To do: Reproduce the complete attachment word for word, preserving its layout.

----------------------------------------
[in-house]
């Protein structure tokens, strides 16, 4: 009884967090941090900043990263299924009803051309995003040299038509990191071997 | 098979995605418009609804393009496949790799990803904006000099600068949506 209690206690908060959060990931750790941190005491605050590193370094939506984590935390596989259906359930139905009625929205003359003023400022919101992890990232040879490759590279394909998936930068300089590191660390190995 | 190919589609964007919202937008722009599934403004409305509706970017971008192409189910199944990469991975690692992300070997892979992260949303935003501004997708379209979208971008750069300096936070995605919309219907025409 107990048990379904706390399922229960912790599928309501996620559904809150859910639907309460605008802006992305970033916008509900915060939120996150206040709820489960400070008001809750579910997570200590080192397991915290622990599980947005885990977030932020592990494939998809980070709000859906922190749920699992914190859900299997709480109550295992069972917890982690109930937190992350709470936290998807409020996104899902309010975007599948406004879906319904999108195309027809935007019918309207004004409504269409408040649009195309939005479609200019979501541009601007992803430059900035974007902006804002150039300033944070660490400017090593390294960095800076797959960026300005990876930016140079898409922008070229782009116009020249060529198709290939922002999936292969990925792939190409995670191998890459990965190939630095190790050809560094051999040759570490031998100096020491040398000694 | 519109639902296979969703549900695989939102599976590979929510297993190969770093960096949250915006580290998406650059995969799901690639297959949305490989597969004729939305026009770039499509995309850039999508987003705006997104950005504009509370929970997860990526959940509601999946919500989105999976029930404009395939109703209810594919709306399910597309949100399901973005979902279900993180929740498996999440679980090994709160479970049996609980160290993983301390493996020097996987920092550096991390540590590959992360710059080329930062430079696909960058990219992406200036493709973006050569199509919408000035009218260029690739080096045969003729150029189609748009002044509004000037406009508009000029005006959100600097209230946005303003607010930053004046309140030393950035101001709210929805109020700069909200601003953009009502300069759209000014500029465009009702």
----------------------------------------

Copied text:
[in-house]
């Protein structure tokens, strides 16, 4: 009884967090941090900043990263299924009803051309995003040299038509990191071997 | 098979995605418009609804393009496949790799990803904006000099600068949506 209690206690908060959060990931750790941190005491605050590193370094939506984590935390596989259906359930139905009625929205003359003023400022919101992890990232040879490759590279394909998936930068300089590191660390190995 | 190919589609964007919202937008722009599934403004409305509706970017971008192409189910199944990469991975690692992300070997892979992260949303935003501004997708379209979208971008750069300096936070995605919309219907025409 107990048990379904706390399922229960912790599928309501996620559904809150859910639907309460605008802006992305970033916008509900915060939120996150206040709820489960400070008001809750579910997570200590080192397991915290622990599980947005885990977030932020592990494939998809980070709000859906922190749920699992914190859900299997709480109550295992069972917890982690109930937190992350709470936290998807409020996104899902309010975007599948406004879906319904999108195309027809935007019918309207004004409504269409408040649009195309939005479609200019979501541009601007992803430059900035974007902006804002150039300033944070660490400017090593390294960095800076797959960026300005990876930016140079898409922008070229782009116009020249060529198709290939922002999936292969990925792939190409995670191998890459990965190939630095190790050809560094051999040759570490031998100096020491040398000694 | 519109639902296979969703549900695989939102599976590979929510297993190969770093960096949250915006580290998406650059995969799901690639297959949305490989597969004729939305026009770039499509995309850039999508987003705006997104950005504009509370929970997860990526959940509601999946919500989105999976029930404009395939109703209810594919709306399910597309949100399901973005979902279900993180929740498996999440679980090994709160479970049996609980160290993983301390493996020097996987920092550096991390540590590959992360710059080329930062430079696909960058990219992406200036493709973006050569199509919408000035009218260029690739080096045969003729150029189609748009002044509004000037406009508009000029005006959100600097209230946005303003607010930053004046309140030393950035101001709210929805109020700069909200601003953009009502300069759209000014500029465009009702």